As Milosevic persists on defending 'the Serbs' who have not been accused, he perpetuates ethnic divisions and ethnic blame. In this guise, the war continues without arms.

But Milosevic has not entirely turned away from his own defense. Eventually, he found some relevant questions to put to the witness. As Judge May suggested to him, one of the most relevant questions about the Srebrenica massacres is 'who did this?' [Milosevic does not contest that the massacres happened, and he made little effort to question the witness's credibility.] Milosevic attempted to get the witness to distinguish between regular VRS forces and those who committed atrocities. While B-1399 agreed that the VRS helped evacuate the women, children and some of the elderly men, he would not exonerate the regular army from participation in the massacres. Milosevic made a half-hearted attempt to question the credibility of the witness's statement, which he didn't pursue when B-1399 was able to explain apparent inconsistencies or illogical actions. Nor could he be discredited for having no adequate answer to the question he must have asked himself many times since the events: 'how did you survive when so many thousands were killed?'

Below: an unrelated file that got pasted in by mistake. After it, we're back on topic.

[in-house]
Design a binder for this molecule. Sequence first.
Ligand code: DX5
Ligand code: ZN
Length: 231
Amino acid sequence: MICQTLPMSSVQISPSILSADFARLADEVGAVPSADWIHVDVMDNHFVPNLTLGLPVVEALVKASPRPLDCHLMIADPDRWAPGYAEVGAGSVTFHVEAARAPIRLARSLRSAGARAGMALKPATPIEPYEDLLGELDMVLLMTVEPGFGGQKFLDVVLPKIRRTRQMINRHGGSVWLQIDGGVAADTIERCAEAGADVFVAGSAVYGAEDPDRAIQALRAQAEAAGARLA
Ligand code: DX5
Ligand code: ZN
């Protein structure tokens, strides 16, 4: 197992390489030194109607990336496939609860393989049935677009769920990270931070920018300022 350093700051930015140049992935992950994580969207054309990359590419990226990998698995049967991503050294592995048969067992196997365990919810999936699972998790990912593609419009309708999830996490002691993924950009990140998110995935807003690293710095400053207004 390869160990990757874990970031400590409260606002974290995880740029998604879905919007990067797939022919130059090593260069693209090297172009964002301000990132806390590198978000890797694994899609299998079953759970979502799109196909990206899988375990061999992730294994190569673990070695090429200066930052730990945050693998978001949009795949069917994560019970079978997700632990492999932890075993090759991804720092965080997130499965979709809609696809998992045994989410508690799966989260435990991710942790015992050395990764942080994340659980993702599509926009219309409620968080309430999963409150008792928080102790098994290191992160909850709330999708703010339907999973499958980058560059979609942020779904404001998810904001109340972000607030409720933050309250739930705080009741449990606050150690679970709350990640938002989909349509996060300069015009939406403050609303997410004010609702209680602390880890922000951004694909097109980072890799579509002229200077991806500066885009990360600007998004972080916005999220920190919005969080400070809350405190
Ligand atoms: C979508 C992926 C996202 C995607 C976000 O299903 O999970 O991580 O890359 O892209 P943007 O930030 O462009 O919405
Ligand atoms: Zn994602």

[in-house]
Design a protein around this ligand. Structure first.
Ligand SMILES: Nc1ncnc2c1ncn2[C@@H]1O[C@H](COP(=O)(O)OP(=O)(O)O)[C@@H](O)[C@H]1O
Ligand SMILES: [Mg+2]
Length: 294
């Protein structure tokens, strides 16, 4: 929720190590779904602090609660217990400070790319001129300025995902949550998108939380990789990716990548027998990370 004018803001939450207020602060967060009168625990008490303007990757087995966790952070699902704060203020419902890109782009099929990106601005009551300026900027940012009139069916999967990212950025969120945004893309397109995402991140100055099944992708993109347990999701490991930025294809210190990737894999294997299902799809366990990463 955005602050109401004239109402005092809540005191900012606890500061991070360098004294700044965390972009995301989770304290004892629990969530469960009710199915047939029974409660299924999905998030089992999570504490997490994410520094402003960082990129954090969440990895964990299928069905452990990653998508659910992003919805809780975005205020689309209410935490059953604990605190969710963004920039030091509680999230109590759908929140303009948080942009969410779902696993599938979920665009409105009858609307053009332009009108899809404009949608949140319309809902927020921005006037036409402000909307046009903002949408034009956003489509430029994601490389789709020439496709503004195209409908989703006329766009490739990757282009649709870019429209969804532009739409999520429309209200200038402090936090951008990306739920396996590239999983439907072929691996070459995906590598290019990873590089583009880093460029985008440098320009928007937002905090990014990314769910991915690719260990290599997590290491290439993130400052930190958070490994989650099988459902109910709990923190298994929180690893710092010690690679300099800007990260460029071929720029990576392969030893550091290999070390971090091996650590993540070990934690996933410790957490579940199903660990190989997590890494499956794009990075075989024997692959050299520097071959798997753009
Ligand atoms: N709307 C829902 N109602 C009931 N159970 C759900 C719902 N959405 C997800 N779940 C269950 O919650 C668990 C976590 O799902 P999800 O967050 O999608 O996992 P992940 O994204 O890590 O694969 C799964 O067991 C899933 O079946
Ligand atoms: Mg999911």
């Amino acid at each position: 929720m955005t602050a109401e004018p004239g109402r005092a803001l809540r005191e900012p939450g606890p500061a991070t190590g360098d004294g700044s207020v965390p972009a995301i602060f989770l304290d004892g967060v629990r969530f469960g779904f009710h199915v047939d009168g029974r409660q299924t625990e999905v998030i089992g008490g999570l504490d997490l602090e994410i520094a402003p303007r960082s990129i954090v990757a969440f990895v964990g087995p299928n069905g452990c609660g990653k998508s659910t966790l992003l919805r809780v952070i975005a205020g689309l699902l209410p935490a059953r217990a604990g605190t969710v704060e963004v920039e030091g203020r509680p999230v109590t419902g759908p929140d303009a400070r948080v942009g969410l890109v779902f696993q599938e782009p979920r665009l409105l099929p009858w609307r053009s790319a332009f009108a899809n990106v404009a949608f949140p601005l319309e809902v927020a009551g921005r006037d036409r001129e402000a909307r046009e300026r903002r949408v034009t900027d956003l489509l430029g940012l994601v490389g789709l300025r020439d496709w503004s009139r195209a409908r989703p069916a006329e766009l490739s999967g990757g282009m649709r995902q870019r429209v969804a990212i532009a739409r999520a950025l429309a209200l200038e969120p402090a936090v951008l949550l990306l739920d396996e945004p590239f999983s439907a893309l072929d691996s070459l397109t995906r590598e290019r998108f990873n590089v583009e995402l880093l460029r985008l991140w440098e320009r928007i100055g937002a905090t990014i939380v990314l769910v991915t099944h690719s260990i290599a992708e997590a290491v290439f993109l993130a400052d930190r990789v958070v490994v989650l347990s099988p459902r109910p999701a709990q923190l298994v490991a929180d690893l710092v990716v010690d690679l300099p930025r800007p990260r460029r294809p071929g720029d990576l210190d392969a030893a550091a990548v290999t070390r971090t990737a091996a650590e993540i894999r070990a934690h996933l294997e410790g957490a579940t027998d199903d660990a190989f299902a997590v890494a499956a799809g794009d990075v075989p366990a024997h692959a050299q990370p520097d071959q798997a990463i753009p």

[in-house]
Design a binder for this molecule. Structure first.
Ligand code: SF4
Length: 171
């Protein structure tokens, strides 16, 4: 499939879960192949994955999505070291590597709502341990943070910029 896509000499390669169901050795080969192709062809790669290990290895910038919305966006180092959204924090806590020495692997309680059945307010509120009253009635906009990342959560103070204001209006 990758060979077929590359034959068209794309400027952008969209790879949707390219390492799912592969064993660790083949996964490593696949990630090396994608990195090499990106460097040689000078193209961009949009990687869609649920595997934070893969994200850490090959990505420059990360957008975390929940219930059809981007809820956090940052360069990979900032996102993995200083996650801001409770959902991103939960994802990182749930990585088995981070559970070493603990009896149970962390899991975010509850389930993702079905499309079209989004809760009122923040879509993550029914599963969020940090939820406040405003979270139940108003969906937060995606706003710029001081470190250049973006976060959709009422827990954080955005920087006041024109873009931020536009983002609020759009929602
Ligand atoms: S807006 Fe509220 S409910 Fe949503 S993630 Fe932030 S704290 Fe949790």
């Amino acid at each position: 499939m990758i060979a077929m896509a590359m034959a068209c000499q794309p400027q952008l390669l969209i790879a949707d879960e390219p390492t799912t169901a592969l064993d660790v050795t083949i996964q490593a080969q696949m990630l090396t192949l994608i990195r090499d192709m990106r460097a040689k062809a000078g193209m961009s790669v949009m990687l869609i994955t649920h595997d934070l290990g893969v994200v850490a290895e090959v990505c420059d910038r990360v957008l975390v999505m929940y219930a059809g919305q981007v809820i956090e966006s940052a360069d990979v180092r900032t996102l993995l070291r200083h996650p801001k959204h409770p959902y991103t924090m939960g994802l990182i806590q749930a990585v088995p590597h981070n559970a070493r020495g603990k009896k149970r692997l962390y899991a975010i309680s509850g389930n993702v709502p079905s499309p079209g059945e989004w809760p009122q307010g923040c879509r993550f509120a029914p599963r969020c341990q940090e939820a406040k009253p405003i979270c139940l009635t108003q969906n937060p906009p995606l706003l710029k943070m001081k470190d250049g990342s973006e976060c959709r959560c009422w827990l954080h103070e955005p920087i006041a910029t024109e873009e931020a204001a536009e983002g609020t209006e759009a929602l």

Since Milosevic does not contest that massacres happened at Srebrenica, he could forego all questioning of survivors except that related to who committed the crimes. He would save court time and, more importantly, reduce the trauma to Srebrenica survivors who have been called on multiple times to relive the horrors they experienced. Deciding which side committed the most and worst crimes is not a task for this Tribunal -- nor is it a burden that should be placed on for the survivors of those crimes, whatever their nationality.